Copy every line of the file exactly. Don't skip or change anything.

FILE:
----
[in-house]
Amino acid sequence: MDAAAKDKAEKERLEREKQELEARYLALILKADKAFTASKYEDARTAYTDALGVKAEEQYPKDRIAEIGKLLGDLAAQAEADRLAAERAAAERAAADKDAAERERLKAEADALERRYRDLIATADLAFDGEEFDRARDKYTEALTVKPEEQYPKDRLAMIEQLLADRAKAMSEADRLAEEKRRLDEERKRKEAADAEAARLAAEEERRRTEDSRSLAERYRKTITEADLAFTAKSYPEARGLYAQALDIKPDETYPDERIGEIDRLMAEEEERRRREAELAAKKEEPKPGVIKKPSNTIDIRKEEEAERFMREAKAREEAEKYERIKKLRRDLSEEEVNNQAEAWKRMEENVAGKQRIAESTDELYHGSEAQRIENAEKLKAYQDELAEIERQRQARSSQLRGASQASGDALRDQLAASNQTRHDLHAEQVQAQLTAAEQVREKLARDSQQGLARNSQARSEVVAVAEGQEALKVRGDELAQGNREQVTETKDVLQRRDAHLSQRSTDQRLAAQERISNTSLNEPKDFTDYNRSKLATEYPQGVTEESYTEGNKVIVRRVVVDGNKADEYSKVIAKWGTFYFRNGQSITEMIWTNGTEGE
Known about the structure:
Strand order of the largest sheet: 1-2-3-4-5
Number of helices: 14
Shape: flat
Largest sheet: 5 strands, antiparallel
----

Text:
[in-house]
Amino acid sequence: MDAAAKDKAEKERLEREKQELEARYLALILKADKAFTASKYEDARTAYTDALGVKAEEQYPKDRIAEIGKLLGDLAAQAEADRLAAERAAAERAAADKDAAERERLKAEADALERRYRDLIATADLAFDGEEFDRARDKYTEALTVKPEEQYPKDRLAMIEQLLADRAKAMSEADRLAEEKRRLDEERKRKEAADAEAARLAAEEERRRTEDSRSLAERYRKTITEADLAFTAKSYPEARGLYAQALDIKPDETYPDERIGEIDRLMAEEEERRRREAELAAKKEEPKPGVIKKPSNTIDIRKEEEAERFMREAKAREEAEKYERIKKLRRDLSEEEVNNQAEAWKRMEENVAGKQRIAESTDELYHGSEAQRIENAEKLKAYQDELAEIERQRQARSSQLRGASQASGDALRDQLAASNQTRHDLHAEQVQAQLTAAEQVREKLARDSQQGLARNSQARSEVVAVAEGQEALKVRGDELAQGNREQVTETKDVLQRRDAHLSQRSTDQRLAAQERISNTSLNEPKDFTDYNRSKLATEYPQGVTEESYTEGNKVIVRRVVVDGNKADEYSKVIAKWGTFYFRNGQSITEMIWTNGTEGE
Known about the structure:
Strand order of the largest sheet: 1-2-3-4-5
Number of helices: 14
Shape: flat
Largest sheet: 5 strands, antiparallel